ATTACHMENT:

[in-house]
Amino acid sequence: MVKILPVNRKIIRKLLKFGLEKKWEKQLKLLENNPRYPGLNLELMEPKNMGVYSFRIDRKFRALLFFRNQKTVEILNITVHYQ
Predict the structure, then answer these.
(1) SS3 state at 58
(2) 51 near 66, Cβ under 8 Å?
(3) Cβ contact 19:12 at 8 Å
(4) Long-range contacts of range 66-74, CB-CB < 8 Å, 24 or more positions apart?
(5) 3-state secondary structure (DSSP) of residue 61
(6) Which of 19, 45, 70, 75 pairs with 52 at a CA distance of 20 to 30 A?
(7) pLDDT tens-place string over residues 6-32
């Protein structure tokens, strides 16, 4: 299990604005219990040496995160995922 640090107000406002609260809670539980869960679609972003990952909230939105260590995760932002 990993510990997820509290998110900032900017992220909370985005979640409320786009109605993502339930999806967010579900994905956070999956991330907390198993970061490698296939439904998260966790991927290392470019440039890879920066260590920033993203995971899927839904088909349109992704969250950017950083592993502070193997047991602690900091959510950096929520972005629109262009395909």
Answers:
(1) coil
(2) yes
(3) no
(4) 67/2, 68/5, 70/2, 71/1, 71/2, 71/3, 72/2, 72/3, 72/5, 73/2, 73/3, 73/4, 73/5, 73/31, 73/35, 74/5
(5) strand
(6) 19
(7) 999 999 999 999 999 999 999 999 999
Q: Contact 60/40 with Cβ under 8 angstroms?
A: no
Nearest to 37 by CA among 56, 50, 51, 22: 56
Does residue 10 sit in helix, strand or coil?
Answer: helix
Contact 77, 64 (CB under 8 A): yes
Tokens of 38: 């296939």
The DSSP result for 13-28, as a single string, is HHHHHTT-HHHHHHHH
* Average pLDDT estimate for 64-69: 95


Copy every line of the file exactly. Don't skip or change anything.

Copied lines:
[in-house]
Amino acid sequence: MVKILPVNRKIIRKLLKFGLEKKWEKQLKLLENNPRYPGLNLELMEPKNMGVYSFRIDRKFRALLFFRNQKTVEILNITVHYQ
Predict the structure, then answer these.
(1) SS3 state at 58
(2) 51 near 66, Cβ under 8 Å?
(3) Cβ contact 19:12 at 8 Å
(4) Long-range contacts of range 66-74, CB-CB < 8 Å, 24 or more positions apart?
(5) 3-state secondary structure (DSSP) of residue 61
(6) Which of 19, 45, 70, 75 pairs with 52 at a CA distance of 20 to 30 A?
(7) pLDDT tens-place string over residues 6-32
């Protein structure tokens, strides 16, 4: 299990604005219990040496995160995922 640090107000406002609260809670539980869960679609972003990952909230939105260590995760932002 990993510990997820509290998110900032900017992220909370985005979640409320786009109605993502339930999806967010579900994905956070999956991330907390198993970061490698296939439904998260966790991927290392470019440039890879920066260590920033993203995971899927839904088909349109992704969250950017950083592993502070193997047991602690900091959510950096929520972005629109262009395909």
Answers:
(1) coil
(2) yes
(3) no
(4) 67/2, 68/5, 70/2, 71/1, 71/2, 71/3, 72/2, 72/3, 72/5, 73/2, 73/3, 73/4, 73/5, 73/31, 73/35, 74/5
(5) strand
(6) 19
(7) 999 999 999 999 999 999 999 999 999
Q: Contact 60/40 with Cβ under 8 angstroms?
A: no
Nearest to 37 by CA among 56, 50, 51, 22: 56
Does residue 10 sit in helix, strand or coil?
Answer: helix
Contact 77, 64 (CB under 8 A): yes
Tokens of 38: 């296939």
The DSSP result for 13-28, as a single string, is HHHHHTT-HHHHHHHH
* Average pLDDT estimate for 64-69: 95